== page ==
Introducing the Stockholm-hailed illustrator creating colourful, genderless depiction of bodies, featured in our Summer 19 Omega Zine.
To celebrate the 50th anniversary of the Apollo 11 Moon Landing, we partnered with Swiss luxury watchmaker Omega – whose watches Armstrong and Aldrin wore during the Apollo 11 Moon Landing – for a dreamy music zine included within the Summer 19 issue, spotlighting four artists breaking new ground. Also featured was visionary artwork from 4 incredible illustrators.
Oversized hands and feet. Blocks of vibrant colours. Wispy cartoon lines. We sat down with Swedish artist Alva Skog and talked about her journey so far…
When did you first get interested in art and illustration?
It feels like I’ve always been interested in art. Becoming an illustrator has always been a dream, but it was not until I started studying at Central Saint Martins that I understood what the profession of an illustrator or graphic designer actually is.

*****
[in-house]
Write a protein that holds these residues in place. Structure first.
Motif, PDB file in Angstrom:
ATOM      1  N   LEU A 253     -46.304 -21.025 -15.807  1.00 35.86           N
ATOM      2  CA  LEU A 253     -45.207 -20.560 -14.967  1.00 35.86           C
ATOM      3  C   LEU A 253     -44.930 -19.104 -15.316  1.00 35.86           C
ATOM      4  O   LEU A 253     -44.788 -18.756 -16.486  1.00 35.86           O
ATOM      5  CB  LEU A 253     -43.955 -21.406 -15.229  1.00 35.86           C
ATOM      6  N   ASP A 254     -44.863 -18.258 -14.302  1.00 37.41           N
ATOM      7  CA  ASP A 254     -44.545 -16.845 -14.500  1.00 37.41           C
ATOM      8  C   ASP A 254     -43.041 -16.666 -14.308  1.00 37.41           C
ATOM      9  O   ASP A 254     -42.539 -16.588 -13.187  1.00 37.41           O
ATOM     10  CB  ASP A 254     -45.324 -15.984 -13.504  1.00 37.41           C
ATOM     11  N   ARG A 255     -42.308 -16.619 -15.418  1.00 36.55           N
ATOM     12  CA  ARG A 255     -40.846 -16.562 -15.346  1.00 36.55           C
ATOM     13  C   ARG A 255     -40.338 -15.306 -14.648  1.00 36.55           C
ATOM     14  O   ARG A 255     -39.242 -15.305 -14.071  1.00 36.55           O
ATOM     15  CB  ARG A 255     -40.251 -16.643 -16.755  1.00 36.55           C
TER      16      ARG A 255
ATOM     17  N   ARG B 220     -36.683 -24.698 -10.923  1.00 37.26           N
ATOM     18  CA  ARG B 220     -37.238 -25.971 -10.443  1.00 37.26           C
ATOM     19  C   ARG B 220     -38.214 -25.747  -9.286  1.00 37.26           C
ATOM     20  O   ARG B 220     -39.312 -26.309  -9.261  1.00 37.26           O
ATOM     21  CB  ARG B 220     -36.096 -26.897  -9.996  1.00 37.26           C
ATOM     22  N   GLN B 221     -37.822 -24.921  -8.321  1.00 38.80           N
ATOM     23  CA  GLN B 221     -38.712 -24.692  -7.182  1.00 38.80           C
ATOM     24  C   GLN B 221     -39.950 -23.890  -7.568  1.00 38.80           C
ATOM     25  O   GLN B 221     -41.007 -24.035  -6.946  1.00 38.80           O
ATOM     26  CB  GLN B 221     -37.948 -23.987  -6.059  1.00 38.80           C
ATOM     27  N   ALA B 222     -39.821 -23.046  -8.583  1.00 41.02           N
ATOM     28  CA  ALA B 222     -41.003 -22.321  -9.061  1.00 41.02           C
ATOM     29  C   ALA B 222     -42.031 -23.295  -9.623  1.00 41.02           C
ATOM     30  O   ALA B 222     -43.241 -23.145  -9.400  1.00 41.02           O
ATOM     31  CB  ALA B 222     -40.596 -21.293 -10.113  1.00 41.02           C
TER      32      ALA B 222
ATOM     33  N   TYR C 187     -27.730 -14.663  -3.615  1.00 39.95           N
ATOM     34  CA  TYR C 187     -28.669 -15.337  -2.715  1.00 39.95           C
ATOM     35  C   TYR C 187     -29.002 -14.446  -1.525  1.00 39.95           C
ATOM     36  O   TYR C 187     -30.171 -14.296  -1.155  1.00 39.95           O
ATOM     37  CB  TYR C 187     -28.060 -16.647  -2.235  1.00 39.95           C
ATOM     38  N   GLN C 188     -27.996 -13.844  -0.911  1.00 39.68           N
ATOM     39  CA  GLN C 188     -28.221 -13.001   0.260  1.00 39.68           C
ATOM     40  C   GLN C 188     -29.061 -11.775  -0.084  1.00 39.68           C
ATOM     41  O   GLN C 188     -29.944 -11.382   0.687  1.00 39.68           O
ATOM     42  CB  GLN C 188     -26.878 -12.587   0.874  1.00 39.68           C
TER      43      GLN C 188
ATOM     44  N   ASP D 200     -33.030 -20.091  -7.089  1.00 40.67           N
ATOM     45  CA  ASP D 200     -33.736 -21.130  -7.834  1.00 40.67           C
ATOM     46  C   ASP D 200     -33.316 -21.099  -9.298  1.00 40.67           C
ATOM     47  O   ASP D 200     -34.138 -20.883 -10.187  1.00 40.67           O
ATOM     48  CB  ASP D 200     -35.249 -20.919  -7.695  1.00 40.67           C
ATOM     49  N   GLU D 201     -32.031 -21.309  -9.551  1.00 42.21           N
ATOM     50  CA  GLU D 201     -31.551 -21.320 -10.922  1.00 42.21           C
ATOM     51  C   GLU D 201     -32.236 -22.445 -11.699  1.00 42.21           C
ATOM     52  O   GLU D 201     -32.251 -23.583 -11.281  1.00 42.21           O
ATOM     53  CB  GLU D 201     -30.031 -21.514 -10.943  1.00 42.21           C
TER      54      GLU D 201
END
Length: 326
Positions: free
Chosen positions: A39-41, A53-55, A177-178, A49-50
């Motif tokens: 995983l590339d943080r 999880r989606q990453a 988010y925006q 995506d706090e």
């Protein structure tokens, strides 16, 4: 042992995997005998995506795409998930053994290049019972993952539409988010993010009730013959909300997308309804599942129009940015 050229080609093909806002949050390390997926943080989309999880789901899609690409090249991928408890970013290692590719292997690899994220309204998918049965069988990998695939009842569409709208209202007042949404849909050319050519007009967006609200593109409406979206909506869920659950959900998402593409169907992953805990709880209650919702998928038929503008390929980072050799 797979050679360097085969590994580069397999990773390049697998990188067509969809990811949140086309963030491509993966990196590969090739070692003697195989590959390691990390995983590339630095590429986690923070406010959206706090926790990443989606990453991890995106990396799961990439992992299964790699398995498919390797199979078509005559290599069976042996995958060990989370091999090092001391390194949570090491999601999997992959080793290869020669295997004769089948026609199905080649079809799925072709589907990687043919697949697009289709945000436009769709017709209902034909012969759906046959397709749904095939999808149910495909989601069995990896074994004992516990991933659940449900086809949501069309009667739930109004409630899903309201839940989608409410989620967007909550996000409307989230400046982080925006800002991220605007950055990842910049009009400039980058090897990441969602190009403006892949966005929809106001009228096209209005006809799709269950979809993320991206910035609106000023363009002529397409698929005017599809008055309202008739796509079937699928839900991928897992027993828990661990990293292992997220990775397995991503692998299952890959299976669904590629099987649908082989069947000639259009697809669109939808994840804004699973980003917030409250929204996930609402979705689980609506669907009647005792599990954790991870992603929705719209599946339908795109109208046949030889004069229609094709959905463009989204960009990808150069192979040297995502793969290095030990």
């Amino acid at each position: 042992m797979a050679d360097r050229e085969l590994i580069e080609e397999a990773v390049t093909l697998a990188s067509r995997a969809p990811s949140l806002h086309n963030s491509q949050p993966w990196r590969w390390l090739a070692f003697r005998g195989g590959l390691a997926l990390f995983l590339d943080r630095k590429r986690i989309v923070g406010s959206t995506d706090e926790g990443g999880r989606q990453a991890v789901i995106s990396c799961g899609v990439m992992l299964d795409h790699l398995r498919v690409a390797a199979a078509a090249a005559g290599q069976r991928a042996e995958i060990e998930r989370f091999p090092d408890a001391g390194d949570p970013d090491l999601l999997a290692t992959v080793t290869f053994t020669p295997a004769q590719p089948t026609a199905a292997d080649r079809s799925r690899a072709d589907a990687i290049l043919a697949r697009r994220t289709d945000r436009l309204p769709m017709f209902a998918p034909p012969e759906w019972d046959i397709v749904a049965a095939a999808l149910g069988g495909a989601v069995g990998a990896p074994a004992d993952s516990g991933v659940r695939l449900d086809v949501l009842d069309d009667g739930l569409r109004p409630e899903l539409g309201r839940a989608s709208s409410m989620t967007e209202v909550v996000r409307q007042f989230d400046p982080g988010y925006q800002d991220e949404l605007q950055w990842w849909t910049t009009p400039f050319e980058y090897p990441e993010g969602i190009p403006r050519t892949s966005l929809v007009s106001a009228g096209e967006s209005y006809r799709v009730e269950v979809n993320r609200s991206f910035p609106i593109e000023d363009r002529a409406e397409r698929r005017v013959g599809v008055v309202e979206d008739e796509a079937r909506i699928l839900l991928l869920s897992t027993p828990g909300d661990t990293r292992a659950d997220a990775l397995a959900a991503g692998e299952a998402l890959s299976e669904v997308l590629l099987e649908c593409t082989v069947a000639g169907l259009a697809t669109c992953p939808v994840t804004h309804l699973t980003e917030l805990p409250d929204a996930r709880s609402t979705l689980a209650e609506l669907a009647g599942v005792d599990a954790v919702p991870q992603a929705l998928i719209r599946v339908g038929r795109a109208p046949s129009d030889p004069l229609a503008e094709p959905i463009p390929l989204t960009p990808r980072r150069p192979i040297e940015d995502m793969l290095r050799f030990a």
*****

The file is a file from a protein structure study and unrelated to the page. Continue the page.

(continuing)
What was the first thing you drew?
I think it was a face.
Which artist/illustrator influences you the most?
There are few and it changes from time to time but I’m always very inspired by artists like Marlene Dumas, Tove Jansson and Helene Schjerfbeck.
Where do you pull inspiration from?
My inspiration comes from different things and directions but most important it is my younger sister’s view on life, my mother’s knowledge of feminism, as well as feminist science fiction and graphic novels, and women and non-binary people who stretch the boundaries of gender identity.
What subjects do you draw?
I am usually depicting women or non-binary identities.
How would you describe your style?
My style is defined by bold colours, sculptural bodies and skewed or exaggerated perspectives.
How has your style evolved from when you first started?
When I was studying at university I was experimenting a lot with different styles and materials like ink and watercolours and it was only by the end of my second year that I started to develop the style I use now.
Tell us about your favourite piece that you’ve created.
I have so many favourites but if I’d have to pick one I’d would be my first Guardian commission.
What are you working on now?
Some big exciting projects, but that’s all I can say at the moment…
What do you want people to take away from your art?
It depends on the piece but generally I’d like people to take away excitement, motivation and respect.